Subject: What are the strengths of FreeBSD, NetBSD and OpenBSD?
To: FreeBSD advocacy list <>
From: Greg Lehey <>
List: netbsd-advocacy
Date: 11/28/1998 14:36:03
  by with SMTP; 28 Nov 1998 04:06:19 -0000
	by (8.9.1/8.9.0) with ESMTP id OAA00797;
	Sat, 28 Nov 1998 14:36:08 +1030 (CST)
	by (8.9.1/8.9.0) id OAA07066;
	Sat, 28 Nov 1998 14:36:04 +1030 (CST)
Message-ID: <>
Date: Sat, 28 Nov 1998 14:36:03 +1030
From: Greg Lehey <>
To: FreeBSD advocacy list <>,,
Subject: What are the strengths of FreeBSD, NetBSD and OpenBSD?
Mime-Version: 1.0
Content-Type: text/plain; charset=us-ascii
Organization: LEMIS, PO Box 460, Echunga SA 5153, Australia
Phone: +61-8-8388-8286
Fax: +61-8-8388-8725
Mobile: +61-41-739-7062

As I mentioned in a mail message yesterday, I'm writing an article for
SunWorld about the return of the BSDs, and I have a couple of things I
want to say which I'd like all *BSD groups to find positive.  In
particular, I'd like to be able to give sensible answers to the
following implied questions:

1.  What is the difference between FreeBSD, NetBSD and OpenBSD?

    Once upon a time it was relatively easy to answer this question:
    FreeBSD aimed at ease of use on the Intel platform, NetBSD aimed
    at portability, and OpenBSD wasn't.  Now it's more difficult:
    FreeBSD has moved to other platforms, and while I don't know if
    NetBSD is any easier to install, there's at least OpenBSD to
    address as well.  The best I have come to in recent times has been
    ``FreeBSD aims for ease of use and maximum performance, NetBSD
    aims for portability, and OpenBSD addresses security''.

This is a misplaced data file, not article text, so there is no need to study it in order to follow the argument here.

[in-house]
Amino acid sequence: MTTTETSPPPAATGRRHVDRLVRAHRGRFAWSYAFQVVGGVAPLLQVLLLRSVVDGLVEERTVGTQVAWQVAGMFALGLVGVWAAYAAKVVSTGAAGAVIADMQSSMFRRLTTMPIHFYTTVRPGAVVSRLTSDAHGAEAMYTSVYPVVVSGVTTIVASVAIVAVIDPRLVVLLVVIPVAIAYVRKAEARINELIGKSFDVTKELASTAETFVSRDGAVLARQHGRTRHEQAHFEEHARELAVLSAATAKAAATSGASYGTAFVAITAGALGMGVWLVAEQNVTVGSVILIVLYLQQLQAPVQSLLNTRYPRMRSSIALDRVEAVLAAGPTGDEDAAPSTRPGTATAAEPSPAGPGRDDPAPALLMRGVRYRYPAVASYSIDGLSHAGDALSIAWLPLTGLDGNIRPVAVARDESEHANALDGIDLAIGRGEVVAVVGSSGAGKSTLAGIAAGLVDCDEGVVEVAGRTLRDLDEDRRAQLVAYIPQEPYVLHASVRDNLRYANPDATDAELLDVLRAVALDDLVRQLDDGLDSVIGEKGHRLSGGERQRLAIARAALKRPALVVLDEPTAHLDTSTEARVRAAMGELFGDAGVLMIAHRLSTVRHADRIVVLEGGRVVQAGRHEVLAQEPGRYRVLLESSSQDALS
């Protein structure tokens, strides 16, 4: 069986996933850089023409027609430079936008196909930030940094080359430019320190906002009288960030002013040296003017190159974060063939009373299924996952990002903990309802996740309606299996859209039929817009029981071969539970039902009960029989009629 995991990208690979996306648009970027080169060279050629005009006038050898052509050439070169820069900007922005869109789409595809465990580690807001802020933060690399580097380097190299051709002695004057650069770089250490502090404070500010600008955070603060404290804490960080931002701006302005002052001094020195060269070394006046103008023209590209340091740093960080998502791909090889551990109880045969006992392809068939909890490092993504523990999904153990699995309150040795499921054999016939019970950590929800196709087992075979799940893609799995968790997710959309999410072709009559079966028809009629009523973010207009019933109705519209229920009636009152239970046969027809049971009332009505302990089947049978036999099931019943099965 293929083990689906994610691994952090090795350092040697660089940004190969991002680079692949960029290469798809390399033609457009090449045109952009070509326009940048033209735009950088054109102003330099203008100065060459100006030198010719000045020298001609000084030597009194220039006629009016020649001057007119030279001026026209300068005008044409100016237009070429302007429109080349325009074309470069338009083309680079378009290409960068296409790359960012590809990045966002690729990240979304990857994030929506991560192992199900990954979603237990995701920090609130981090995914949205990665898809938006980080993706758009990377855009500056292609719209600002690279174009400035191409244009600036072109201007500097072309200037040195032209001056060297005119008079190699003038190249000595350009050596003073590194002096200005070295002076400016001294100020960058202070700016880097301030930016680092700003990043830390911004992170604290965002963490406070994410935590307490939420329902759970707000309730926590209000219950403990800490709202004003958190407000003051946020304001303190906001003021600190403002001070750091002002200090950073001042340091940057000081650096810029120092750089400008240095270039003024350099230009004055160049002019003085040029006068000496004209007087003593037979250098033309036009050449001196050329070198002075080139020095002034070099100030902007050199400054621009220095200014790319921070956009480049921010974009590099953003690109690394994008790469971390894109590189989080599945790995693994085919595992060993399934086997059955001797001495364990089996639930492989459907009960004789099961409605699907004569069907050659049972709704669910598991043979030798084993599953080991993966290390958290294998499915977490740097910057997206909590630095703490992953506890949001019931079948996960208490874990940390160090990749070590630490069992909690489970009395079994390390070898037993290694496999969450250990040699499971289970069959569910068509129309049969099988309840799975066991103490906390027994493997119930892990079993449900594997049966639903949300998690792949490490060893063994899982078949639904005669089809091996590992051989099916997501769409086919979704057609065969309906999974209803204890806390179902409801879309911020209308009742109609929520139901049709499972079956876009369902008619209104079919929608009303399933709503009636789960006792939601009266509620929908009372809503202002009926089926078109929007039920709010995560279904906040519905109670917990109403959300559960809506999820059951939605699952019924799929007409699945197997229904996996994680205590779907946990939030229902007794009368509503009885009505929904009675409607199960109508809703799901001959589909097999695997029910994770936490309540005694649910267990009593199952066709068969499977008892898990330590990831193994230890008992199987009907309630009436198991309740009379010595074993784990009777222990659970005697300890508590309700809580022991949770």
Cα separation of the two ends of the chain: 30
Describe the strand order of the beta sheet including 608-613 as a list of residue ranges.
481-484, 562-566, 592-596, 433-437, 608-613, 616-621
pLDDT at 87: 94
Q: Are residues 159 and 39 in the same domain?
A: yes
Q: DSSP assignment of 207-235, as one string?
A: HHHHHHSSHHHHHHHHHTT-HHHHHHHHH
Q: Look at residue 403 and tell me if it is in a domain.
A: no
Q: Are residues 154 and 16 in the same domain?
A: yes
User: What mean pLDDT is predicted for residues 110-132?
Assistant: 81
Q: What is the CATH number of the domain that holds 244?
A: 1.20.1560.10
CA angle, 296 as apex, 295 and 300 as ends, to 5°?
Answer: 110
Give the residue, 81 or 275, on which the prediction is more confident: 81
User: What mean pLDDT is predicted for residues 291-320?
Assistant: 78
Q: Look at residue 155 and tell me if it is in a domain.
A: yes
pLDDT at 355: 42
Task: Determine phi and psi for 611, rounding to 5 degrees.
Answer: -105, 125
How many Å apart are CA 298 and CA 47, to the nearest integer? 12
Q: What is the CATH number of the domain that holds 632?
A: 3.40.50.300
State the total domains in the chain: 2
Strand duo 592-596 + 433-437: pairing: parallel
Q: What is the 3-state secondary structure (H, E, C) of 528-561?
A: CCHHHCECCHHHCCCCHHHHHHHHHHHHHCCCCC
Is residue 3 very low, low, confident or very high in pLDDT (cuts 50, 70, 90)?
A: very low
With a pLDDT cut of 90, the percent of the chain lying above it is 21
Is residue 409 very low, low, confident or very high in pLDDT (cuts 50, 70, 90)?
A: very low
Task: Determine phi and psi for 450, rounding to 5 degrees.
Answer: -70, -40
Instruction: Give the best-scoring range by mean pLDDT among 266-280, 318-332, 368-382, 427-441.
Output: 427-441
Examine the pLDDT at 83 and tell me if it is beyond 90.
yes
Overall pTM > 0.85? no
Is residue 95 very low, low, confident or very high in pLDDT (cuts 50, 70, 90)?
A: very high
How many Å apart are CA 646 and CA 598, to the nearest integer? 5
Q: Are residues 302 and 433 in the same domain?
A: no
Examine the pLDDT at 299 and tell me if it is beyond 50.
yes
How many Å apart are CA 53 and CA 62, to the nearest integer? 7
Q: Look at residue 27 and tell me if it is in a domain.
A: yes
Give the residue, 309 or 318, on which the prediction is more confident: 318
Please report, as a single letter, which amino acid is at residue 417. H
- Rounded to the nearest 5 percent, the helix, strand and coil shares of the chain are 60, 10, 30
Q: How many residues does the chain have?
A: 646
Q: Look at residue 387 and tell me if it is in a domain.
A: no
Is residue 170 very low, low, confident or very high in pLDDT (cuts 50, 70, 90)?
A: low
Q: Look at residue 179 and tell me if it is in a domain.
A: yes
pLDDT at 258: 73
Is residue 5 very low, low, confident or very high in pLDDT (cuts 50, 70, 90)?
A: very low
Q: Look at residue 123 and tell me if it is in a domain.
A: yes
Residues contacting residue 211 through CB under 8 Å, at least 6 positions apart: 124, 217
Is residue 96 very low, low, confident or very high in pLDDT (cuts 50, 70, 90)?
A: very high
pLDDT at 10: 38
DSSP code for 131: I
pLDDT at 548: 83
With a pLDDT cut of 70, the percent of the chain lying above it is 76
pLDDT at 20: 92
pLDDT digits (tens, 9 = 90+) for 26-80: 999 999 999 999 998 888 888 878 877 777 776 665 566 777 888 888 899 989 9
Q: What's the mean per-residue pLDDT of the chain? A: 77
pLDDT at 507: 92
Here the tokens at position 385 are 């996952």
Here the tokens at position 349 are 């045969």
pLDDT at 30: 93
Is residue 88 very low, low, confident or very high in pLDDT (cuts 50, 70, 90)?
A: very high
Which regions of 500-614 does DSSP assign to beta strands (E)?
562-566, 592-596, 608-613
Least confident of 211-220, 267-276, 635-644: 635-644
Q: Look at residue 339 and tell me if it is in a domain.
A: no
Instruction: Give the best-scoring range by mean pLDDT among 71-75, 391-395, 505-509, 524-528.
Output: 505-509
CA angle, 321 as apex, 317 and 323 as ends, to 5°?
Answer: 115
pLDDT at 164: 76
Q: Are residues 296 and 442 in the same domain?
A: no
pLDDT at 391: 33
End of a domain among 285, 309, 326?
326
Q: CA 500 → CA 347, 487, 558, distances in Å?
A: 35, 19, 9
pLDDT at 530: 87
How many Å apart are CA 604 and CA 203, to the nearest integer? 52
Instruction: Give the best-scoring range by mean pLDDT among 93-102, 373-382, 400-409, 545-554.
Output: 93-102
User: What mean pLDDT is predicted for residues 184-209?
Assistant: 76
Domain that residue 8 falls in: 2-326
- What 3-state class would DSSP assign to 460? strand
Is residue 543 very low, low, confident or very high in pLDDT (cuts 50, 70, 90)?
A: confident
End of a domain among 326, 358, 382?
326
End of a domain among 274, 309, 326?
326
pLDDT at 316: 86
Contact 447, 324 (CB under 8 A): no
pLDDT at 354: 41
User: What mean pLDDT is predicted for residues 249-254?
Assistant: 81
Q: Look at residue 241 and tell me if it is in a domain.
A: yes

I'm not very happy with this statement, which bases mainly on
    hearsay, and which may not even be a good basis for discussion.
    I'd welcome any input.

2.  What aspects of *BSD would interest a SunWorld reader?  At first I
    thought ``well, they're not going to be interested in FreeBSD,
    because FreeBSD doesn't run on Sparc'', but it seems to me that
    it's unlikely that many Sun users would install current versions
    of *BSD on their modern hardware.  Sure, there are plenty of older
    Sun machines out there, on which it's either impossible or
    impractical to run Solaris 2, and for them NetBSD or OpenBSD would
    be a good alternative to SunOS 4.  But what are the majority of
    the users going to want to know about *BSD?  Sure, it has the
    comfortable feel of SunOS 4, but what hardware would they run it
    on?  What would they do with it?  I've thought of things like name
    servers and Internet gateways, but there must be more than that.

    Obviously there is some interest, because SunWorld has been
    carrying lots of articles about Linux, and the same considerations
    should apply to Linux (in addition to the fact that Linux doesn't
    have this old, familiar feel about it).

See complete headers for address, home page and phone numbers
finger for PGP public key